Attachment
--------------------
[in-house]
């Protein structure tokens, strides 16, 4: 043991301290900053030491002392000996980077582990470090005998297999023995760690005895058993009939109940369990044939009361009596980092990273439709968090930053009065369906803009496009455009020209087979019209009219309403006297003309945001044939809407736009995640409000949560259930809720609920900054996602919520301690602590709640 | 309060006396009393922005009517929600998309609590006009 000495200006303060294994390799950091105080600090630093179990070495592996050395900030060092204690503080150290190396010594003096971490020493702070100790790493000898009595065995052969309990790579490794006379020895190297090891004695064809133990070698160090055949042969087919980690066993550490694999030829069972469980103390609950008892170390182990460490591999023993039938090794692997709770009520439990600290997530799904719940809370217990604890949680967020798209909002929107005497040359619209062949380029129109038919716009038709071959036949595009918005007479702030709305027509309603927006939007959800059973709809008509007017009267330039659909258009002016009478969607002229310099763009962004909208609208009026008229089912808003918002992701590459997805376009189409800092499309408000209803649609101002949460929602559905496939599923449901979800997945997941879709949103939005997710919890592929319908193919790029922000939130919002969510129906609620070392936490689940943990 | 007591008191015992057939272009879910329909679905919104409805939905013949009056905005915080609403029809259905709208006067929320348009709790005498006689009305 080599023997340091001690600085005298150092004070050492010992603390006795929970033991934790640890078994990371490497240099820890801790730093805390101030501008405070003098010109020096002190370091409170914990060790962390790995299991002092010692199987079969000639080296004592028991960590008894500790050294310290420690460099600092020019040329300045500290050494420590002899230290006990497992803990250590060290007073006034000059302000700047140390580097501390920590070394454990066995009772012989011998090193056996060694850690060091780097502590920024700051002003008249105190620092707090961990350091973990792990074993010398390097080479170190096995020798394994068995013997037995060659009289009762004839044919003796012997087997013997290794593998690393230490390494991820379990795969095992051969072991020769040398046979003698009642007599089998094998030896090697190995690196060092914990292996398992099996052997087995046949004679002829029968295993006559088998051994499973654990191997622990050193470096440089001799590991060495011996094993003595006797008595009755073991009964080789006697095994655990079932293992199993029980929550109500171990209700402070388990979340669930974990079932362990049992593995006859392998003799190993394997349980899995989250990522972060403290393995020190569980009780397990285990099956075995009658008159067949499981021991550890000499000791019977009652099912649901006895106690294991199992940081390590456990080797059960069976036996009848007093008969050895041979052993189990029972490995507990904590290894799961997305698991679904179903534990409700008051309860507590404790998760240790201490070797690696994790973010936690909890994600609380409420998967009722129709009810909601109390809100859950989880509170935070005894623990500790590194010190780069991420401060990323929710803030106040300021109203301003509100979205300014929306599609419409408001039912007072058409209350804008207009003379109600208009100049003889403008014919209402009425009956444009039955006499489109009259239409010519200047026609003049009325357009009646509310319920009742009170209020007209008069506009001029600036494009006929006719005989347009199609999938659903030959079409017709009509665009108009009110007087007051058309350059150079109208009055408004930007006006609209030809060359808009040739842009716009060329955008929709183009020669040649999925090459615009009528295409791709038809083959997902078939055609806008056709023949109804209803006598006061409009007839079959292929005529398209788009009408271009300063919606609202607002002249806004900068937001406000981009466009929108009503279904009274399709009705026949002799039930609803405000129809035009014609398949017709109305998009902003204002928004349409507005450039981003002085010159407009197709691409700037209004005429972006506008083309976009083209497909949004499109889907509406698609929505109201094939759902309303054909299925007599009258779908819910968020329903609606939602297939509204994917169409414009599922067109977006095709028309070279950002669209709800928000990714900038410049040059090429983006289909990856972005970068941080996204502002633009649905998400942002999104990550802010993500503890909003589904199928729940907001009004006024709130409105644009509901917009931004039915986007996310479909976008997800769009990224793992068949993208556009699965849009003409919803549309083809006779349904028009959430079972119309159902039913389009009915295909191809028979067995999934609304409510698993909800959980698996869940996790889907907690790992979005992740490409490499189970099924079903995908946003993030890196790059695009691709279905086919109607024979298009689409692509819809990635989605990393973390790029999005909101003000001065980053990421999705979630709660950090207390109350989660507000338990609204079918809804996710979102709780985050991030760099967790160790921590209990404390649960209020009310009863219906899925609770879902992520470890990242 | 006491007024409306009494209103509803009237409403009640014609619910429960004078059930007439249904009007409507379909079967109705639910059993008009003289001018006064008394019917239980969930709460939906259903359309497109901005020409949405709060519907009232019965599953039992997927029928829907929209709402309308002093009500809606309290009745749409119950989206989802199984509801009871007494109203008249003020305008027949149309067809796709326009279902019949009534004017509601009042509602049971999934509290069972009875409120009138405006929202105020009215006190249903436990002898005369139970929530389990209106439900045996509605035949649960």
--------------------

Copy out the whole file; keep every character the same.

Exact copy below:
[in-house]
């Protein structure tokens, strides 16, 4: 043991301290900053030491002392000996980077582990470090005998297999023995760690005895058993009939109940369990044939009361009596980092990273439709968090930053009065369906803009496009455009020209087979019209009219309403006297003309945001044939809407736009995640409000949560259930809720609920900054996602919520301690602590709640 | 309060006396009393922005009517929600998309609590006009 000495200006303060294994390799950091105080600090630093179990070495592996050395900030060092204690503080150290190396010594003096971490020493702070100790790493000898009595065995052969309990790579490794006379020895190297090891004695064809133990070698160090055949042969087919980690066993550490694999030829069972469980103390609950008892170390182990460490591999023993039938090794692997709770009520439990600290997530799904719940809370217990604890949680967020798209909002929107005497040359619209062949380029129109038919716009038709071959036949595009918005007479702030709305027509309603927006939007959800059973709809008509007017009267330039659909258009002016009478969607002229310099763009962004909208609208009026008229089912808003918002992701590459997805376009189409800092499309408000209803649609101002949460929602559905496939599923449901979800997945997941879709949103939005997710919890592929319908193919790029922000939130919002969510129906609620070392936490689940943990 | 007591008191015992057939272009879910329909679905919104409805939905013949009056905005915080609403029809259905709208006067929320348009709790005498006689009305 080599023997340091001690600085005298150092004070050492010992603390006795929970033991934790640890078994990371490497240099820890801790730093805390101030501008405070003098010109020096002190370091409170914990060790962390790995299991002092010692199987079969000639080296004592028991960590008894500790050294310290420690460099600092020019040329300045500290050494420590002899230290006990497992803990250590060290007073006034000059302000700047140390580097501390920590070394454990066995009772012989011998090193056996060694850690060091780097502590920024700051002003008249105190620092707090961990350091973990792990074993010398390097080479170190096995020798394994068995013997037995060659009289009762004839044919003796012997087997013997290794593998690393230490390494991820379990795969095992051969072991020769040398046979003698009642007599089998094998030896090697190995690196060092914990292996398992099996052997087995046949004679002829029968295993006559088998051994499973654990191997622990050193470096440089001799590991060495011996094993003595006797008595009755073991009964080789006697095994655990079932293992199993029980929550109500171990209700402070388990979340669930974990079932362990049992593995006859392998003799190993394997349980899995989250990522972060403290393995020190569980009780397990285990099956075995009658008159067949499981021991550890000499000791019977009652099912649901006895106690294991199992940081390590456990080797059960069976036996009848007093008969050895041979052993189990029972490995507990904590290894799961997305698991679904179903534990409700008051309860507590404790998760240790201490070797690696994790973010936690909890994600609380409420998967009722129709009810909601109390809100859950989880509170935070005894623990500790590194010190780069991420401060990323929710803030106040300021109203301003509100979205300014929306599609419409408001039912007072058409209350804008207009003379109600208009100049003889403008014919209402009425009956444009039955006499489109009259239409010519200047026609003049009325357009009646509310319920009742009170209020007209008069506009001029600036494009006929006719005989347009199609999938659903030959079409017709009509665009108009009110007087007051058309350059150079109208009055408004930007006006609209030809060359808009040739842009716009060329955008929709183009020669040649999925090459615009009528295409791709038809083959997902078939055609806008056709023949109804209803006598006061409009007839079959292929005529398209788009009408271009300063919606609202607002002249806004900068937001406000981009466009929108009503279904009274399709009705026949002799039930609803405000129809035009014609398949017709109305998009902003204002928004349409507005450039981003002085010159407009197709691409700037209004005429972006506008083309976009083209497909949004499109889907509406698609929505109201094939759902309303054909299925007599009258779908819910968020329903609606939602297939509204994917169409414009599922067109977006095709028309070279950002669209709800928000990714900038410049040059090429983006289909990856972005970068941080996204502002633009649905998400942002999104990550802010993500503890909003589904199928729940907001009004006024709130409105644009509901917009931004039915986007996310479909976008997800769009990224793992068949993208556009699965849009003409919803549309083809006779349904028009959430079972119309159902039913389009009915295909191809028979067995999934609304409510698993909800959980698996869940996790889907907690790992979005992740490409490499189970099924079903995908946003993030890196790059695009691709279905086919109607024979298009689409692509819809990635989605990393973390790029999005909101003000001065980053990421999705979630709660950090207390109350989660507000338990609204079918809804996710979102709780985050991030760099967790160790921590209990404390649960209020009310009863219906899925609770879902992520470890990242 | 006491007024409306009494209103509803009237409403009640014609619910429960004078059930007439249904009007409507379909079967109705639910059993008009003289001018006064008394019917239980969930709460939906259903359309497109901005020409949405709060519907009232019965599953039992997927029928829907929209709402309308002093009500809606309290009745749409119950989206989802199984509801009871007494109203008249003020305008027949149309067809796709326009279902019949009534004017509601009042509602049971999934509290069972009875409120009138405006929202105020009215006190249903436990002898005369139970929530389990209106439900045996509605035949649960």